The Herald-Tribune staff did a fine job providing various ways to interpret and search the data, including pie charts, bar graphs and a searchable Google Map. Fortunately, none of my former teachers appear to be psychos, at least according to the database. Also, Melissa Worden built a neat graphic showing the winding bureaucracy a complaint must navigate before action is taken. Finally, one can read the stories inside the graphic.

My only –albeit minor– gripe with the package is that the searchable database is relegated to a secondary tab. Having the database front and center would answer the first question I think a reader would have: “Are one of these whackos inside my child’s school?” It would be a shame if someone missed out on the database for not clicking on the tab tucked away up there. And, how nifty would it be to have a cool embeddable little widget for that database?

But let’s put my whining about tabs aside. This is really a fantastic project. Congratulations to the Herald-Tribune for a tremendous achievement.

WordPress plug-in love for Journalistopia

I Heart WordPress 2.1It was about time. I finally got around to upgrading this humble publication to WordPress 2.1.2, and boy is it swell. It has more robust options and better post editing. And kudos to Dreamhost for providing a hassle-free upgrade tool.

I wanted to share with everyone the nifty plug-ins I installed, just because they’re all so damn cool:

Akismet – This spam-fighting plug-in has saved my inbox from the deluge of pharmaceutical advertisements. The plug-in compares all incoming comments to an enormous spam database and relegates all the garbage to a separate folder where it can’t bother me ever again.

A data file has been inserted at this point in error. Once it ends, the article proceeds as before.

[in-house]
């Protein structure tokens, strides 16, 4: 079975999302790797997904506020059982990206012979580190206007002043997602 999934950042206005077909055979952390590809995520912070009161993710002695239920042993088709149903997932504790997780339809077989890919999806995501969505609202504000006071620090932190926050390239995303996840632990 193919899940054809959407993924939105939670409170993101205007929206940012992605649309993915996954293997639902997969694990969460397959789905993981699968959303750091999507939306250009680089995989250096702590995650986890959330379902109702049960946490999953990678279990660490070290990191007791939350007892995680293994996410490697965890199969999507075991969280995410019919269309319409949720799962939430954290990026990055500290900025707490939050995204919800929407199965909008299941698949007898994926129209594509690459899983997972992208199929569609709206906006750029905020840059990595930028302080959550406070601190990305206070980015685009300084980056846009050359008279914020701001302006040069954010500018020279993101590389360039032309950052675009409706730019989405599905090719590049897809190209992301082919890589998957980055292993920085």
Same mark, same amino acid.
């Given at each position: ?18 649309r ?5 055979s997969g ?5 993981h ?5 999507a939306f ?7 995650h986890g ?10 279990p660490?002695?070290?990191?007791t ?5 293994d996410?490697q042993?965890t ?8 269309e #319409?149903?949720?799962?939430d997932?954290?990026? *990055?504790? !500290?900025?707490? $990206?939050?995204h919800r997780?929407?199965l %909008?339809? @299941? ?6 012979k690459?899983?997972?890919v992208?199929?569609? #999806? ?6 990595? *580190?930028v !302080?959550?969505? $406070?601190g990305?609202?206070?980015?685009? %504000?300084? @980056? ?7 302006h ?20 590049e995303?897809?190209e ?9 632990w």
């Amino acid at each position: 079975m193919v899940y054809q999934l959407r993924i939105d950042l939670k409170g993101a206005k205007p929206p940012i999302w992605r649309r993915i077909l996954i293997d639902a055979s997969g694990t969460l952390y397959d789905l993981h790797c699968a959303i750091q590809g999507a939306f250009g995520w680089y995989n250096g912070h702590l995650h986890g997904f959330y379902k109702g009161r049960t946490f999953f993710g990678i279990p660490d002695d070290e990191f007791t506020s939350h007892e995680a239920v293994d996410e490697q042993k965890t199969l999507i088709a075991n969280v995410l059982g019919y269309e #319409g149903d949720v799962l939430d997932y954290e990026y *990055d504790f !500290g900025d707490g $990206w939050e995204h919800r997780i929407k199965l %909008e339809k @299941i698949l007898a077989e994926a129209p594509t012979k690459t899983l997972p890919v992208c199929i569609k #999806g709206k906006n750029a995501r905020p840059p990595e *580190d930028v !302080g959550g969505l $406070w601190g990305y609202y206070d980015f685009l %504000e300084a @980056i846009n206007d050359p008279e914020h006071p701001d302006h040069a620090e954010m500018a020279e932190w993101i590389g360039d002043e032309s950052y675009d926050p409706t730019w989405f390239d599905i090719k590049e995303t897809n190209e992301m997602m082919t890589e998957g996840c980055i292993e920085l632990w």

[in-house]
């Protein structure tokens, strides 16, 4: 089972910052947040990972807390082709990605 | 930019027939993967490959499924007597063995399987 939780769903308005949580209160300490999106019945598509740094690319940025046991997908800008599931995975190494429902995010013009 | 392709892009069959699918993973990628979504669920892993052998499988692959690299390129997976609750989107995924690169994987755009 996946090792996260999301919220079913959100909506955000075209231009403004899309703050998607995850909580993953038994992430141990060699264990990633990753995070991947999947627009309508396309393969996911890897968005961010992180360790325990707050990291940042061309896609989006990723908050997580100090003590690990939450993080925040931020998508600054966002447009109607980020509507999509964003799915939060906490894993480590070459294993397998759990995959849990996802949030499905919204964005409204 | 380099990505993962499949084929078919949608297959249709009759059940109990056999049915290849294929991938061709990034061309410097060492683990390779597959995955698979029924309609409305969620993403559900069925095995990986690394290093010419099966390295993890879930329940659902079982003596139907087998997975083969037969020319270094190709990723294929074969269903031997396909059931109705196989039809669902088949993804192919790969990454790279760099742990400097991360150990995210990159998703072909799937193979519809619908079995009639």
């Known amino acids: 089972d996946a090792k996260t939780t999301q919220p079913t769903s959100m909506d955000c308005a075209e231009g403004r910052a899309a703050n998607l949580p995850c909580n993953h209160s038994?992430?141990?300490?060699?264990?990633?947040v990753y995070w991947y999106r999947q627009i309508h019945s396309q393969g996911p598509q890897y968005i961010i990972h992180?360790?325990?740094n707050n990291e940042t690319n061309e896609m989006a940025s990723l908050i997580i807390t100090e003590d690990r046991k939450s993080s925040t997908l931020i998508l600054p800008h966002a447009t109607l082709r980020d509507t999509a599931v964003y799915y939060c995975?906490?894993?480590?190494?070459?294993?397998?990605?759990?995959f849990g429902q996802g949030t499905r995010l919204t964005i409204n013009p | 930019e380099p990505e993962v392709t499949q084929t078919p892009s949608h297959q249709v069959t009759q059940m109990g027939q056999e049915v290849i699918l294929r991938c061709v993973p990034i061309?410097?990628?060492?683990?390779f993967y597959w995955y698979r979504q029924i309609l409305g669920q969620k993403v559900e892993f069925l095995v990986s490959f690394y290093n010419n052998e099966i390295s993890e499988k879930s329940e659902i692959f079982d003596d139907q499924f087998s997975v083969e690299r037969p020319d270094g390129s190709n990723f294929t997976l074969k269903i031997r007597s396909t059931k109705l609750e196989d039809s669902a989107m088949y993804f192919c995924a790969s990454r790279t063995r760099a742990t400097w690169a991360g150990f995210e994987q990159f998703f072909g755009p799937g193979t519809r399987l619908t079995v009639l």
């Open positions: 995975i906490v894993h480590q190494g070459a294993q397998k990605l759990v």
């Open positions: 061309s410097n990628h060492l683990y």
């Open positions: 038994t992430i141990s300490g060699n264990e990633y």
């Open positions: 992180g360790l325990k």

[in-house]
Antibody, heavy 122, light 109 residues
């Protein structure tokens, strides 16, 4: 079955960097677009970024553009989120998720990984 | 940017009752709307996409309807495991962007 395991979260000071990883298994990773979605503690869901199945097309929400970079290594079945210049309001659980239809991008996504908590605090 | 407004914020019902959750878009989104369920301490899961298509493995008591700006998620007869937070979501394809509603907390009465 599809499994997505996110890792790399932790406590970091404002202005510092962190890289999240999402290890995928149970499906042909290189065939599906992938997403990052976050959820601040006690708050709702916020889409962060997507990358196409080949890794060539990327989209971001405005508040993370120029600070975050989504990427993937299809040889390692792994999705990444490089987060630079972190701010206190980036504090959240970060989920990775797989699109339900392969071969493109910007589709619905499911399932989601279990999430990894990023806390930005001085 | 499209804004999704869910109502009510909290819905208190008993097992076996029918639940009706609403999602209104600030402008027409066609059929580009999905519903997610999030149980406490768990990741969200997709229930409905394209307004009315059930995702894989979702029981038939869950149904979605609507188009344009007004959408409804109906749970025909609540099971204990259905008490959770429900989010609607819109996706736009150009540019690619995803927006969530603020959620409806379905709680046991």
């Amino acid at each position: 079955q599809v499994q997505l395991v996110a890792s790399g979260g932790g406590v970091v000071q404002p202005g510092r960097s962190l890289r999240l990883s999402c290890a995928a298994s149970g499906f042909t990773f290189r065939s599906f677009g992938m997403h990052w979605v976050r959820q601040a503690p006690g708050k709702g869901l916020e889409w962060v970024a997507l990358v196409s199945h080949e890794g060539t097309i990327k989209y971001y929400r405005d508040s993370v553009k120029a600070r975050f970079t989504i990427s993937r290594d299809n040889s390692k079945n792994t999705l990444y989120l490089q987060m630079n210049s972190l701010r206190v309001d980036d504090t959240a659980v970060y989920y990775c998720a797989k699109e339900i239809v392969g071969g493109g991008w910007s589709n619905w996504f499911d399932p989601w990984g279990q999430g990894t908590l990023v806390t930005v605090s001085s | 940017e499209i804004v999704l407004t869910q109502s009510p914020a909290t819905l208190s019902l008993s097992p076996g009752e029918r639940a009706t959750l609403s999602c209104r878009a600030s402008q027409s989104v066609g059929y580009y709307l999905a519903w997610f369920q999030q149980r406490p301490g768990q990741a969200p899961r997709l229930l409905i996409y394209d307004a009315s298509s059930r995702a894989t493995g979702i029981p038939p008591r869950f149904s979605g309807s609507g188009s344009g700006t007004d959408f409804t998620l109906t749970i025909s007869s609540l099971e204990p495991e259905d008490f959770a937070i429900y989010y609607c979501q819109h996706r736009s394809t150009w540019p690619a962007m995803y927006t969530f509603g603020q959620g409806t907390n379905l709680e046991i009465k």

WP-Email – Hey, I’m starting to feel like a bona-fide news source with my new “E-Mail This Post” links! This plug-in is powerful but can be a bit problematic to install. Read through the “Installation,” “Upgrade,” and “Usage” tabs carefully, or your install won’t work. But it was certainly worth the trouble. Fortunately, the creators have a great support forum.

Sociable – I know it screams “nerd” to have the little social bookmarking icons, but I finally succumbed. Sociable supports more than 60 different sites, so make sure to drop me a comment if your favorite site isn’t in my icon bar. Big, big thanks to Bryan Murley for sharing this one with me.

Live – This is more interesting than useful, but this plug-in lets you look at all your site visits in real-time, which is way cool. Using a set of simple icons, Live distinguishes between direct visits, RSS feed visits and comments. Plus, it shows the referring URLs.

WordPress Mobile Edition – All you handheld device addicts, this one’s for you. Mobile Edition shows a mobile-friendly version of your blog when it sniffs out a compatible handheld device. With no big muss nor fuss to install, this one is a must-have. And while you’re at it, check out the Ultimate Gamer’s Pack to get plugins for displaying your blog on the Nintendo DS, Nintendo Wii and Sony PSP. As if my little nephews actually visit my blog…

WordPress and thy plug-ins, I do so love thee. If any of you have any great plug-ins you just can’t live without, do share!

Censorship map of the world


The Financial Times has published an interesting interactive map outlining growing censorship of the Internet in the world. Belarus, Turkey, Thailand and Iran (in that order) have the highest Internet penetration of all the countries described.

Also, check out GreatFirewallofChina.org, which purports to test whether your domain is blocked in China. Yes my friends, this esteemed online publication appears to be blocked, right alongside ChinaIsEvil.com. I suppose China doesn’t need MY insights. However, WormBase, a guide to “the Biology and Genome of C. Elagans” seems good to go.

Frightening what one’s mind puts forth when randomly thinking of something to search…